Wednesday, July 29, 2009

You Are Here: Corporate Mono-Myth

A thought stemming from a twitter conversation with @eve11, not ironically tapped out as I sit here working on marketing materials for yet another porn (or, ok. yes it is.):

It's the initiatory or transformative function of a story that (at least in part) makes it a myth. This is one of the places corporate mythology fails, since the only sanctioned activity within its bounds is consumption or production. That mono-myth has overrun all else in our culture, not the "hero" (with a thousand faces.) Within this framework, I only have "value" based on what I can consume or provide for consumption. Though these things are an obvious necessary element of life, they are the exclusive focus of the first chakra in the Kundalini model of psychic awareness: a worm that exists purely to eat through one end and shit out the other.

(Also note to self, look at this)

Sunday, July 26, 2009

Immanence of Myth: Anthology guidelines

Immanence Of Myth To Be Published by Weaponized July 2011

For recent posts and updates on this project, click here


Mythos Media is seeking submissions for the (tentatively titled) anthology Immanence of Myth. This project came about through my own experiences, notes & essays on the subject, but I have decided to open the floor to contributors to increase the scope & breadth of the book.

This book will likely be broken into three sections: a deconstruction & analysis of "myth" as a concept, some forms of modern myths, and a section dealing with personal myths & experience- how myths (your own or others) have transformed or affected you. (see below)

The premise of this book is that myths actually have an essential function in our daily lives, as a meaning-creating method of interpreting our experience, rather than being an "untrue but regularly held belief" or a fanciful story from a bygone era. We hope to redefine this idea in section 1 & provide unique examples in section 2 & 3:

For section 1 we are looking for essays that explore the concept of myth outside the "box" of one particular worldview. This can include analysis of existent myths but we are not creating an annotated bulfinch's, and those examples should be used to support your central thesis.

Section 2 - articles on modern mythology, for example in media (movies, TV, literature, Internet), pop culture, and corporate/brand use of mythological techniques.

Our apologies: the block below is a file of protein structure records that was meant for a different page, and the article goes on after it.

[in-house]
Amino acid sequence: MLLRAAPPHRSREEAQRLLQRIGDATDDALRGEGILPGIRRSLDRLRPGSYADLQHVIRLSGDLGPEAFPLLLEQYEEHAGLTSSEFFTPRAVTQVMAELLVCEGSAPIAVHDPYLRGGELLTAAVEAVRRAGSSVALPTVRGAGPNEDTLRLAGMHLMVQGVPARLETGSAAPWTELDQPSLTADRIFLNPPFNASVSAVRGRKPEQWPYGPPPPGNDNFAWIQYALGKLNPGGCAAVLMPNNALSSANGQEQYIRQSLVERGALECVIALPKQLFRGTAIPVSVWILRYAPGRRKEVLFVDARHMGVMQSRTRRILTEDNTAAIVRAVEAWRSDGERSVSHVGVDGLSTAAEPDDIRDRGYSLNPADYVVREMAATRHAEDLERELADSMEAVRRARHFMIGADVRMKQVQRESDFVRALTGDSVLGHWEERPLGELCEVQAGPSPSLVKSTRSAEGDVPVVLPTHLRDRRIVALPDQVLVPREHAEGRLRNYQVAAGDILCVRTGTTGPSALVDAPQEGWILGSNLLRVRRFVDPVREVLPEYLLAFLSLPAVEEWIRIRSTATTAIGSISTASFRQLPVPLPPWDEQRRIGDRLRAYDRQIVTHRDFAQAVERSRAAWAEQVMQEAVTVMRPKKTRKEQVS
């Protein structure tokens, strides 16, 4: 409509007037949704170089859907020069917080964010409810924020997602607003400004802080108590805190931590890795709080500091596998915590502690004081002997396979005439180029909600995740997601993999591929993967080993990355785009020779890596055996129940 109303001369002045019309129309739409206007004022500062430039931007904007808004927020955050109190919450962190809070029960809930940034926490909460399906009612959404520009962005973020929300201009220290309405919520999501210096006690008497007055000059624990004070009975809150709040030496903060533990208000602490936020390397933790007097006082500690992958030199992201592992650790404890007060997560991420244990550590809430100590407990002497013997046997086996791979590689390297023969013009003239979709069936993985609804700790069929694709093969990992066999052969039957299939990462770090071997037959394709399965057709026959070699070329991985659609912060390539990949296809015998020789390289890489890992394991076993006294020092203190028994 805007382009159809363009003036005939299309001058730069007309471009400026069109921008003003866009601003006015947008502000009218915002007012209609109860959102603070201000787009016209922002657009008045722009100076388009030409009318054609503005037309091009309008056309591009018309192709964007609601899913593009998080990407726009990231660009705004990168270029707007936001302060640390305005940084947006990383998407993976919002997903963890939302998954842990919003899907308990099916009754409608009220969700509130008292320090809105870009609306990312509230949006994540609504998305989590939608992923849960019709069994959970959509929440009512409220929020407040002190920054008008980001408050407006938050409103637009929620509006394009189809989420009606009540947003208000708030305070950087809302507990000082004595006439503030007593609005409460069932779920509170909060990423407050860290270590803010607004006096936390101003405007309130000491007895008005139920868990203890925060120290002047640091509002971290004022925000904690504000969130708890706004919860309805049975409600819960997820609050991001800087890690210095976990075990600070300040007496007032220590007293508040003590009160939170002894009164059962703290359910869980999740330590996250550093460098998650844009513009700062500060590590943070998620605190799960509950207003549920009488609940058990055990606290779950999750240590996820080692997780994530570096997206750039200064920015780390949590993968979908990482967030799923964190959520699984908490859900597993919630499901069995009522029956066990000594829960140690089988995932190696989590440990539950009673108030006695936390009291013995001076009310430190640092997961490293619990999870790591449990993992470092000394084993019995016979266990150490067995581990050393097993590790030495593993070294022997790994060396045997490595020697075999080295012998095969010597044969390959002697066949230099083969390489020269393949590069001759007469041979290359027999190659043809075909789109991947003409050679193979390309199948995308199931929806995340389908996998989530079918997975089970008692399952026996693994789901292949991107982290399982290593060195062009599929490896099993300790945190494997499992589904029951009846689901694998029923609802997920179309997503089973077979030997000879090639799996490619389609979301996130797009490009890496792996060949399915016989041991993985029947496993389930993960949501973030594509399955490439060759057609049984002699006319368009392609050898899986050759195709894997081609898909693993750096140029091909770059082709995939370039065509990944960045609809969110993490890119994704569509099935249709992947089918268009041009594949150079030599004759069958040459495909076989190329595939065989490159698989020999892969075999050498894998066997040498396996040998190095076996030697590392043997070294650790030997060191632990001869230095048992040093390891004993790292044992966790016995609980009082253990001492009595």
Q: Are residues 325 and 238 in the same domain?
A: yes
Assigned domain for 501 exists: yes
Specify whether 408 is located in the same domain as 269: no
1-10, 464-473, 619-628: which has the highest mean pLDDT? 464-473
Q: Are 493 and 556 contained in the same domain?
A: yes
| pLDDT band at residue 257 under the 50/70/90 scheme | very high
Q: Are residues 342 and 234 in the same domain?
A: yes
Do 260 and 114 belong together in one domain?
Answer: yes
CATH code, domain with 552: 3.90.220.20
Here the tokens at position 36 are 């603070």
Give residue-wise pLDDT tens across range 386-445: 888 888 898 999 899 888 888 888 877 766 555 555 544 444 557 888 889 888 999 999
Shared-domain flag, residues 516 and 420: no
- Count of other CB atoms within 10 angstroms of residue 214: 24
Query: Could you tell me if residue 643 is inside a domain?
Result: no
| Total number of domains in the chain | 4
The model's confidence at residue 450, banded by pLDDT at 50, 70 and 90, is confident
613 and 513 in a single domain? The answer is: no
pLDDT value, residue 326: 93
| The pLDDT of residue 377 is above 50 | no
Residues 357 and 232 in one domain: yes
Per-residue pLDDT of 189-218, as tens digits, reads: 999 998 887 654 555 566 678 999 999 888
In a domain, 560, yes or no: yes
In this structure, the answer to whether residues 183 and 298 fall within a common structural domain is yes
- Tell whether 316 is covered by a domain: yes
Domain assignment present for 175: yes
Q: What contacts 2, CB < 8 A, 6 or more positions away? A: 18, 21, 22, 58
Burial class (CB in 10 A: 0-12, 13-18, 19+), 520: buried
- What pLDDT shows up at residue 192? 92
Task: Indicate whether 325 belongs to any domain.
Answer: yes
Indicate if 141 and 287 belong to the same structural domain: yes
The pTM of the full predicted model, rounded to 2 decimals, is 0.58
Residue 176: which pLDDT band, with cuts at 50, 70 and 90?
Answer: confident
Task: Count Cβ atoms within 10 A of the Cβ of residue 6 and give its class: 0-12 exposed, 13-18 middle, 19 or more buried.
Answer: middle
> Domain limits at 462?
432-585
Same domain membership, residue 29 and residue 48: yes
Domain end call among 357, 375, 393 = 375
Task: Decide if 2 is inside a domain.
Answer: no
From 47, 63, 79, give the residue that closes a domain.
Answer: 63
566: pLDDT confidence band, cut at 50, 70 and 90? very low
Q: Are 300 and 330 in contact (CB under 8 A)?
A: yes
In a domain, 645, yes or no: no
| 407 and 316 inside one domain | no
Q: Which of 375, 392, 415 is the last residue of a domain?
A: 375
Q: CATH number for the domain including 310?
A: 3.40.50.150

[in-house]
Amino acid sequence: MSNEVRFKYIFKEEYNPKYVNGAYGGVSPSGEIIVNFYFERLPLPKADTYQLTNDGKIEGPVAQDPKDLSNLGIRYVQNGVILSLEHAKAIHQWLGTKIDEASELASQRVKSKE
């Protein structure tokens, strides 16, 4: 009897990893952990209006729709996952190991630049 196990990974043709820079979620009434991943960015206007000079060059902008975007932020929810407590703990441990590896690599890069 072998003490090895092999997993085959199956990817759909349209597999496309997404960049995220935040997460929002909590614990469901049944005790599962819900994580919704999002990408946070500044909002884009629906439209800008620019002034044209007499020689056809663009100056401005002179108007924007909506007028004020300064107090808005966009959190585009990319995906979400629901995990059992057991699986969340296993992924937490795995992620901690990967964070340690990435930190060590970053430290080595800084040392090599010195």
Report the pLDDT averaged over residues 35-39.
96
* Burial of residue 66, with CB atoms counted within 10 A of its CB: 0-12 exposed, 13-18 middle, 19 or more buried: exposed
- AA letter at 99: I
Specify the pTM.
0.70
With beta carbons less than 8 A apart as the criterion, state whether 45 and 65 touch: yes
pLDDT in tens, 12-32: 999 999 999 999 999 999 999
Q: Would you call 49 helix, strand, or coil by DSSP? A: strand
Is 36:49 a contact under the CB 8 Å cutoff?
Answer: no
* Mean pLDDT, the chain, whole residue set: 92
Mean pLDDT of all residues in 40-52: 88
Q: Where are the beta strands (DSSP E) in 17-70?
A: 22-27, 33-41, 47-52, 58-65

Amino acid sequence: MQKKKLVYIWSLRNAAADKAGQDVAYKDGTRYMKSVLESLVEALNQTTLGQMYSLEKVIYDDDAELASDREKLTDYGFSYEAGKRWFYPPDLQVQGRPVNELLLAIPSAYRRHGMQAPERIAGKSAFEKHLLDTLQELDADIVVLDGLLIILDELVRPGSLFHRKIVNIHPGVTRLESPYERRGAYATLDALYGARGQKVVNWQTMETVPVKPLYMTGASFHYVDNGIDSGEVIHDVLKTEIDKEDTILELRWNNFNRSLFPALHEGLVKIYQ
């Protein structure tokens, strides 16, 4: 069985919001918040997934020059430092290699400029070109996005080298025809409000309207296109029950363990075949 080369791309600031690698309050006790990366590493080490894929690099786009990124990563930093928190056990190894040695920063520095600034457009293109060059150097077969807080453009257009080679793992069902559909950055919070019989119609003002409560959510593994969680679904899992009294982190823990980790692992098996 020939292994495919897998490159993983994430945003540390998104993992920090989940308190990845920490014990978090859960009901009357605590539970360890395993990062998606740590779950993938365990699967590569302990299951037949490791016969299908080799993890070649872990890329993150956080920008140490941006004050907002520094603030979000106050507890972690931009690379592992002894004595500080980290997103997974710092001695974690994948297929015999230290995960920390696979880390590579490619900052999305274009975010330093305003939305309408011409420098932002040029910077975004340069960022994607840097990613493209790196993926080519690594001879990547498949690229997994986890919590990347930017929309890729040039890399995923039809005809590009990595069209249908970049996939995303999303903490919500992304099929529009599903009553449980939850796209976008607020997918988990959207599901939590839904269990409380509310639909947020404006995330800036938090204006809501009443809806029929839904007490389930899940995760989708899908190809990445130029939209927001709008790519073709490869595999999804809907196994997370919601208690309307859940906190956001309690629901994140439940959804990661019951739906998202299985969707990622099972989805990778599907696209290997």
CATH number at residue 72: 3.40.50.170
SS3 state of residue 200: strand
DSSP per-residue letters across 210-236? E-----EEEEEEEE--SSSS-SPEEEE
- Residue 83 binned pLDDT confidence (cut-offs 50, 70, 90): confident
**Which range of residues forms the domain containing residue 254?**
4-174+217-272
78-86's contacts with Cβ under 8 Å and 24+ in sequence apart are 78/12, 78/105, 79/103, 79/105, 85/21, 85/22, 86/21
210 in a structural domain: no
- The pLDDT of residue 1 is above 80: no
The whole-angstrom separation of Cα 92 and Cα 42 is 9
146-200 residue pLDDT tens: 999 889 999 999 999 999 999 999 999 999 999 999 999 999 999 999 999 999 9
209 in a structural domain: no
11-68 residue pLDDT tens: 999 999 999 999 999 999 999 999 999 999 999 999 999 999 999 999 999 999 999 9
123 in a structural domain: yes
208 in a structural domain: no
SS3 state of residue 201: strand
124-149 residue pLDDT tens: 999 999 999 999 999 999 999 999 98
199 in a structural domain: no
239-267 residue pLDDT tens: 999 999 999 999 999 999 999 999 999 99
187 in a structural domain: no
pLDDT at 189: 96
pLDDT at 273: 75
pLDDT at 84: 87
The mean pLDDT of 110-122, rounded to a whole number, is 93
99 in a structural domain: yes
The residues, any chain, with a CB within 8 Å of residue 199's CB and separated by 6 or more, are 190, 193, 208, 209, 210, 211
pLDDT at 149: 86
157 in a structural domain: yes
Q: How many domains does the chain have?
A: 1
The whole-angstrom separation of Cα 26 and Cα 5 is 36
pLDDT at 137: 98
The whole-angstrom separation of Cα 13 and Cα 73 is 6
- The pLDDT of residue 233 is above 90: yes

For section 3 we are looking for personal-essay style encounters with myth. (We may also consider short fiction if it serves the same purpose.) These can be humorous, dramatic, or anything in-between but should not be journal entries-- in other words, you have to provide the reader a means of understanding how myths have affected you, and how the reader can understand their own lives through a mythic lens.

We will also include a shorter section of interviews with artists that have mythological themes or approaches in their work.

In all cases, cite your references, and please proofread & spellcheck your work.

Submit your work as a Word or Open Office document.

- We will be releasing this anthology through Mythos media and the new Pilotlite. The first edition will be made available as a free PDF and a (not free) POD hardcopy. We will push this through several online channels but each contributor should also promote it to their network of contacts. If this effort is successful we will push it to in-store publication.

- Your work will be published nonexclusively, meaning you can publish your submission (as submitted) at a later date with someone else if you so choose. If we partner with any publishers in a later edition we will insist on the nonexclusive use of your work unless you say otherwise.

- Submission does not ensure acceptance.

- Your submissions will be edited. The editorial process will vary somewhat depending on the need of the piece, but will always include an edited copy sent to the author for their own revision. We would like to keep the back-and-forth to two passes at most. In any event, we hope that you see it as a collaborative process. Please don't submit if you feel uncomfortable about your work being revised.